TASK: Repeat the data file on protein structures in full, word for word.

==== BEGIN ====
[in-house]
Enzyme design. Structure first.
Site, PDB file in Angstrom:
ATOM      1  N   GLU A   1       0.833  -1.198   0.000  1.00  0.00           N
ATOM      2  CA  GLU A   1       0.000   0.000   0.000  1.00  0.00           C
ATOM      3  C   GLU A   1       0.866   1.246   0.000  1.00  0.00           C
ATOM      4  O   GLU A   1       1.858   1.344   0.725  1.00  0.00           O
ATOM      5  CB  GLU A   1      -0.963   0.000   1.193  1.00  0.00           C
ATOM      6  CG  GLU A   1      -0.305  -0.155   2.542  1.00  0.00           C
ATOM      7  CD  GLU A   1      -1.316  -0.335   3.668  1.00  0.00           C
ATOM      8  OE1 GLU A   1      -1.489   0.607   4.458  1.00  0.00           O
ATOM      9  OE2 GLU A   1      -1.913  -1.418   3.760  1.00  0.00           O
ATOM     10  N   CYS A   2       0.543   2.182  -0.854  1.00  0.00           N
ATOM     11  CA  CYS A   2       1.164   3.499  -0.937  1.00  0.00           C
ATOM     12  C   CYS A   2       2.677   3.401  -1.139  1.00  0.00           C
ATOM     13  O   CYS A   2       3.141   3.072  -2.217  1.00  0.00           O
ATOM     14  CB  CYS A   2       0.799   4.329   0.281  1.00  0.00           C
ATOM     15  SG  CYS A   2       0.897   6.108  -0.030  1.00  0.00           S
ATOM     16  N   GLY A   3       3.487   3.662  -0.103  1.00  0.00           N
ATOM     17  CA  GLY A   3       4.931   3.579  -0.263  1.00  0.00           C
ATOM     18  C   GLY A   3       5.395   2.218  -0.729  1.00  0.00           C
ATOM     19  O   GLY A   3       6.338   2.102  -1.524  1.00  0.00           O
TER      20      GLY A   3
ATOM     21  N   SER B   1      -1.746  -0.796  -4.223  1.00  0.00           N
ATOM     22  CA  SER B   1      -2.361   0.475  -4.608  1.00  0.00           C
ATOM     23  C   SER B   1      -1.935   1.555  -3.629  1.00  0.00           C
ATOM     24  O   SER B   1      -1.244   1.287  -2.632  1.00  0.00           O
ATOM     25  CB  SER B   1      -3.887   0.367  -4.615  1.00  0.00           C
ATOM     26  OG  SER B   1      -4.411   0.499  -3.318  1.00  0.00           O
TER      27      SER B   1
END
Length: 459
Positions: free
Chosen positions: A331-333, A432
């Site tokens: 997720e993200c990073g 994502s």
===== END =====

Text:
[in-house]
Enzyme design. Structure first.
Site, PDB file in Angstrom:
ATOM      1  N   GLU A   1       0.833  -1.198   0.000  1.00  0.00           N
ATOM      2  CA  GLU A   1       0.000   0.000   0.000  1.00  0.00           C
ATOM      3  C   GLU A   1       0.866   1.246   0.000  1.00  0.00           C
ATOM      4  O   GLU A   1       1.858   1.344   0.725  1.00  0.00           O
ATOM      5  CB  GLU A   1      -0.963   0.000   1.193  1.00  0.00           C
ATOM      6  CG  GLU A   1      -0.305  -0.155   2.542  1.00  0.00           C
ATOM      7  CD  GLU A   1      -1.316  -0.335   3.668  1.00  0.00           C
ATOM      8  OE1 GLU A   1      -1.489   0.607   4.458  1.00  0.00           O
ATOM      9  OE2 GLU A   1      -1.913  -1.418   3.760  1.00  0.00           O
ATOM     10  N   CYS A   2       0.543   2.182  -0.854  1.00  0.00           N
ATOM     11  CA  CYS A   2       1.164   3.499  -0.937  1.00  0.00           C
ATOM     12  C   CYS A   2       2.677   3.401  -1.139  1.00  0.00           C
ATOM     13  O   CYS A   2       3.141   3.072  -2.217  1.00  0.00           O
ATOM     14  CB  CYS A   2       0.799   4.329   0.281  1.00  0.00           C
ATOM     15  SG  CYS A   2       0.897   6.108  -0.030  1.00  0.00           S
ATOM     16  N   GLY A   3       3.487   3.662  -0.103  1.00  0.00           N
ATOM     17  CA  GLY A   3       4.931   3.579  -0.263  1.00  0.00           C
ATOM     18  C   GLY A   3       5.395   2.218  -0.729  1.00  0.00           C
ATOM     19  O   GLY A   3       6.338   2.102  -1.524  1.00  0.00           O
TER      20      GLY A   3
ATOM     21  N   SER B   1      -1.746  -0.796  -4.223  1.00  0.00           N
ATOM     22  CA  SER B   1      -2.361   0.475  -4.608  1.00  0.00           C
ATOM     23  C   SER B   1      -1.935   1.555  -3.629  1.00  0.00           C
ATOM     24  O   SER B   1      -1.244   1.287  -2.632  1.00  0.00           O
ATOM     25  CB  SER B   1      -3.887   0.367  -4.615  1.00  0.00           C
ATOM     26  OG  SER B   1      -4.411   0.499  -3.318  1.00  0.00           O
TER      27      SER B   1
END
Length: 459
Positions: free
Chosen positions: A331-333, A432
């Site tokens: 997720e993200c990073g 994502s």